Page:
I wrote this column for the May issue of the Tetbury Advertiser before Theresa May announced the snap General Election. If only I’d known, I’d probably have ditched this topic and written about something completely different!
May has always been my favourite month, promising blossom, sunshine and the real beginning of spring.
I trace my fondness for this month back to a special event in my childhood: the May Day ceremony held each year at the infants’ school I attended in suburban London. When I was seven, I was one of a number of May Maidens, decked out in white dresses with floral wreaths in our hair, to process the length of the school field behind the May Queen, to the tune that I will ever associate with that special day, the Elizabethan Serenade.
This lyrical piece of music was composed by a former English cinema organist in 1951 to herald the new Elizabethan age, a time of forward-looking optimism – just right for May, then. The same composer was responsible for another easy-listening piece, Sailing By, still used to introduce the Late Night Shipping Forecast on BBC Radio 4 – a comforting combination for insomniacs as well as sailors.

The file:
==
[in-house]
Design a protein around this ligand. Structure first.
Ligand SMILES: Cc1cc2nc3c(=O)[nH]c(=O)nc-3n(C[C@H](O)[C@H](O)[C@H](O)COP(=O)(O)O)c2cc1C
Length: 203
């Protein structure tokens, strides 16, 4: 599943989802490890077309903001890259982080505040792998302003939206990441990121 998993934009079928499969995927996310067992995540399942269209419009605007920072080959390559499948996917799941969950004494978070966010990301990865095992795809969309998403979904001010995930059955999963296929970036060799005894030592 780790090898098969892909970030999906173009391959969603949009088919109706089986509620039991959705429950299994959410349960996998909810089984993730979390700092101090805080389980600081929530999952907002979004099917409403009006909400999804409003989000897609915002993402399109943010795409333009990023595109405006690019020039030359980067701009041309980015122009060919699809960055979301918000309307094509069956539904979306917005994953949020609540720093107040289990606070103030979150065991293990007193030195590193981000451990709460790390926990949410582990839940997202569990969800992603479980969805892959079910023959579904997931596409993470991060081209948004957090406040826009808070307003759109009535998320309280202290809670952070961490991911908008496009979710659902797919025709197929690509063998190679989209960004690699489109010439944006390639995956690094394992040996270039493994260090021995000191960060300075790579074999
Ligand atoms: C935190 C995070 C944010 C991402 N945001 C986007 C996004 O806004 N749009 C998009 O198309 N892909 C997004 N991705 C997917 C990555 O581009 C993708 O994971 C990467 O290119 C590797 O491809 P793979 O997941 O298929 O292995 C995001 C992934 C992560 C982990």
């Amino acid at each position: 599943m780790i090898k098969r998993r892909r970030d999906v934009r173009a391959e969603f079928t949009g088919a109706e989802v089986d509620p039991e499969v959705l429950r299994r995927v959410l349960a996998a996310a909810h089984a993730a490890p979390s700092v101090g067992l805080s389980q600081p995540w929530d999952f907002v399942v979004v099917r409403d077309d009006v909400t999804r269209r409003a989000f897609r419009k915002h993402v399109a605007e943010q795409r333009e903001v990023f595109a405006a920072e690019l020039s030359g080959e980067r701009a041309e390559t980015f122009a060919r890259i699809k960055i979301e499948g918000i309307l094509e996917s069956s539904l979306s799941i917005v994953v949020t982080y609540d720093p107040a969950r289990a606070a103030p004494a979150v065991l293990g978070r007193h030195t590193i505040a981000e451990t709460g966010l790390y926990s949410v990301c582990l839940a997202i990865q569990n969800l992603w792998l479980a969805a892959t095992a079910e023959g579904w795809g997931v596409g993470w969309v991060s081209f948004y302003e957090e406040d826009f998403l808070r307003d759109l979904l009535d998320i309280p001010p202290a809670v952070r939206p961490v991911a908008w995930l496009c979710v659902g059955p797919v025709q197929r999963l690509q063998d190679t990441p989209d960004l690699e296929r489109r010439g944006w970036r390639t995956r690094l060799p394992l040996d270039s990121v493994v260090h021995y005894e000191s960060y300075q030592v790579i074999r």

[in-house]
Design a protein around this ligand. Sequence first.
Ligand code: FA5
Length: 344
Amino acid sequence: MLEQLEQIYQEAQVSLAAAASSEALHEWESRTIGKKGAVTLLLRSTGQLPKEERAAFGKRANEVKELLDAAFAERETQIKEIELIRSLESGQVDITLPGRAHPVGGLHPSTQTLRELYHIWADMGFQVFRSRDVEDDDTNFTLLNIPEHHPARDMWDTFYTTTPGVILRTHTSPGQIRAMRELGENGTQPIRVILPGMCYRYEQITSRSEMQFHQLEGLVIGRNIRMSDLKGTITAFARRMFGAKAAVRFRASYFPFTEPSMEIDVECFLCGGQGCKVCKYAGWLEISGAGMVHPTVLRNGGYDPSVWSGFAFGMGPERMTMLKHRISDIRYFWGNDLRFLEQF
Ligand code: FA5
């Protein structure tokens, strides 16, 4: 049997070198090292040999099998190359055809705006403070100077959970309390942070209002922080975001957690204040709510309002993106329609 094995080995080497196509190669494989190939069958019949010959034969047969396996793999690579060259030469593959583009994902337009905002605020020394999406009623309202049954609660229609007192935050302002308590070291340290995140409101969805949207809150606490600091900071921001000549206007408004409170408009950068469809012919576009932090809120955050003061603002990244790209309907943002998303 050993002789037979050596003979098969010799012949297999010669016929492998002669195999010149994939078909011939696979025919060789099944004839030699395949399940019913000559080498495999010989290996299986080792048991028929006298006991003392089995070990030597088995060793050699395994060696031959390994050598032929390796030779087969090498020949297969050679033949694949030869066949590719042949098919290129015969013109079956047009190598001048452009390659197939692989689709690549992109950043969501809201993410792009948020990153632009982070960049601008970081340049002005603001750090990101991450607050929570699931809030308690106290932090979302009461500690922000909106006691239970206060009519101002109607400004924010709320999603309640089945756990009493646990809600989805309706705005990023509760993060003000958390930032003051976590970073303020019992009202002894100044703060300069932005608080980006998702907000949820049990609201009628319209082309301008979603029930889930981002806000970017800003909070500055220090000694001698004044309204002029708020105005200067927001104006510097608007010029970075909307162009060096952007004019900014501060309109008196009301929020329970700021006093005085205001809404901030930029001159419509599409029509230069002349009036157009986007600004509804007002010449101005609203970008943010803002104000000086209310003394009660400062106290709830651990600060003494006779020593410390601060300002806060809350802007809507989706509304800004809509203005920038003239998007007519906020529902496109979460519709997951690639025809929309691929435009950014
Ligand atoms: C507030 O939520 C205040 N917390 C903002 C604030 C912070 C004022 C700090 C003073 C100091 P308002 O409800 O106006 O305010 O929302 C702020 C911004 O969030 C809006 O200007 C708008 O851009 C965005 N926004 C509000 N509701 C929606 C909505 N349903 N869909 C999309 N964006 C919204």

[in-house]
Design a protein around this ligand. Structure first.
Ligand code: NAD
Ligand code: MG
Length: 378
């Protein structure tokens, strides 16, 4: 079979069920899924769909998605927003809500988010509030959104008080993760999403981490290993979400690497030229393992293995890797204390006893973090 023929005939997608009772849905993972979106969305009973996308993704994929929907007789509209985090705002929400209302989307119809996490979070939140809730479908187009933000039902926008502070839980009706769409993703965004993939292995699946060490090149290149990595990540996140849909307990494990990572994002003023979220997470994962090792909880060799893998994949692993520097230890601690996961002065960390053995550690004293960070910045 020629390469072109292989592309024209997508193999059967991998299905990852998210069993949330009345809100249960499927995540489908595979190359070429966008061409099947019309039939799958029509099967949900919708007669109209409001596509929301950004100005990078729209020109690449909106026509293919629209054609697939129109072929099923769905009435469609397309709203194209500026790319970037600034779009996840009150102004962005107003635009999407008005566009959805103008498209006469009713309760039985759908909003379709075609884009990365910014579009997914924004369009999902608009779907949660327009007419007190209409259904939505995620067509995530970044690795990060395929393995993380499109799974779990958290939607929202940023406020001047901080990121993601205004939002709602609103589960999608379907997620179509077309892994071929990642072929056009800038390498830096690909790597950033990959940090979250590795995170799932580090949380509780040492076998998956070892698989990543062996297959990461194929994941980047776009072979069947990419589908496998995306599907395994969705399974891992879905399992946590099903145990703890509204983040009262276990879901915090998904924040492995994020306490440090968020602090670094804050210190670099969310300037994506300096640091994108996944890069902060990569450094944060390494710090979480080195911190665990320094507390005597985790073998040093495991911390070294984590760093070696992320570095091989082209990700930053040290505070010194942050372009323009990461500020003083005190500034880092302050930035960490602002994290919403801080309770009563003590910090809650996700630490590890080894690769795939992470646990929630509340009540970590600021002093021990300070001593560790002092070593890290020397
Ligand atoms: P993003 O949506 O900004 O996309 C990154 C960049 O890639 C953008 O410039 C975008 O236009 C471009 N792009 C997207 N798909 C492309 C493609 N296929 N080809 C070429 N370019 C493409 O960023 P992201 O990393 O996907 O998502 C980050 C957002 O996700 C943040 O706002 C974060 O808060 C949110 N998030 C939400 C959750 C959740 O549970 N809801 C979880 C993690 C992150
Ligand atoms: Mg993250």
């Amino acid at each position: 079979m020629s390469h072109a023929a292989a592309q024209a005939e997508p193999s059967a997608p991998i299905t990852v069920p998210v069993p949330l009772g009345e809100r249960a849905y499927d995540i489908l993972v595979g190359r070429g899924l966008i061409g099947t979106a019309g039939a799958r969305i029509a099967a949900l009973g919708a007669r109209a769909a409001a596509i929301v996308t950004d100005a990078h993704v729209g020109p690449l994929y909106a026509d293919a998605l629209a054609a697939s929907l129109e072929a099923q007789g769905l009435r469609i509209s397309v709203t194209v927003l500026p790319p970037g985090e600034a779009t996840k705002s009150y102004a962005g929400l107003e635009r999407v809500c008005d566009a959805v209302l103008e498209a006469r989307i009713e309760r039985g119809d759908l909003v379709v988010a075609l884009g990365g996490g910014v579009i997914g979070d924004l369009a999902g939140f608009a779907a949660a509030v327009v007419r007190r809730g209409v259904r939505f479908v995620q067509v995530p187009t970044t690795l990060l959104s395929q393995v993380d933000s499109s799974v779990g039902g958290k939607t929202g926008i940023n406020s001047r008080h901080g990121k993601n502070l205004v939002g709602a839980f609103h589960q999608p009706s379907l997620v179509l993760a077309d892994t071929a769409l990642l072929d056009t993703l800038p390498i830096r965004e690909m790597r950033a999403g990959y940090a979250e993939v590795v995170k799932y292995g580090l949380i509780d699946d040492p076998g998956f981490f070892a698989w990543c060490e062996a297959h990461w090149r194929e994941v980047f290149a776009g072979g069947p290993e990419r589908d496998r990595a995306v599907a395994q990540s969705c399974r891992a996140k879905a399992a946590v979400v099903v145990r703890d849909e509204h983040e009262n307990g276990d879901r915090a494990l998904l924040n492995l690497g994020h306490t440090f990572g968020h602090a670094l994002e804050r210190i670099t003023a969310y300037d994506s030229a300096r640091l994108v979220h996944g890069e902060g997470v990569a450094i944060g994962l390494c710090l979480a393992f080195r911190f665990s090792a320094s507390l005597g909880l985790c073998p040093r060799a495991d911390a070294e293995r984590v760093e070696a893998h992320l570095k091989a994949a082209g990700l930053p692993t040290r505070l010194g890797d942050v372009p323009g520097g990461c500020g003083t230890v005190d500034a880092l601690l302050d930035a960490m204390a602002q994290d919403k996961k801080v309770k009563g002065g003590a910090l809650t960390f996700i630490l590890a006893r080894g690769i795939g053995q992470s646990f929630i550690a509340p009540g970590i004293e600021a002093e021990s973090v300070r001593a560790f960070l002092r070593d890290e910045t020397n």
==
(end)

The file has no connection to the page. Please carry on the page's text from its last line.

By the time I first encountered the Elizabethan Serenade at school, the Queen’s reign was well into double figures, so for me the piece became forever the emblem of a more literal kind of spring.
May the Force
May’s special status was compounded by the words of one of my favourite hymns in our daily school assemblies at that time of year: “May time, Playtime, God has given us May time, Thank him for his gifts of love, Sing a song of spring.” I’m not sure who I thought had given us the other eleven months, but God obviously endorsed my preference.
Decades later, I very nearly named my daughter May, till I realised that combined with the surname of Young, it would make her sound like an item on a Chinese takeaway menu. I imagined her being nicknamed Eggy in the playground, short for Egg May Young.
More recently, I subconsciously shoehorned an optimistic May into my lighthearted new novel, Best Murder in Show. Elderly travel writer May Sayers, who dies before the book begins, creates a fresh start for the heroine, her great-niece Sophie Sayers, by bequeathing her a Cotswold cottage. In my world, even a posthumous May can usher in new beginnings and the promise of something better to come.
May or May Not
But deep down of course I know that names don’t matter. If I’d been raised in Australia, May would have all the promise of an English November, i.e. none at all.
After all, the composer of the magical Elizabethan Serenade and Sailing By rejoiced under the prosaic name of Ronald Binge. Deeds, not words, as the suffragettes used to say. Come what may…
(And in the June issue, I’ll be taking it all back…)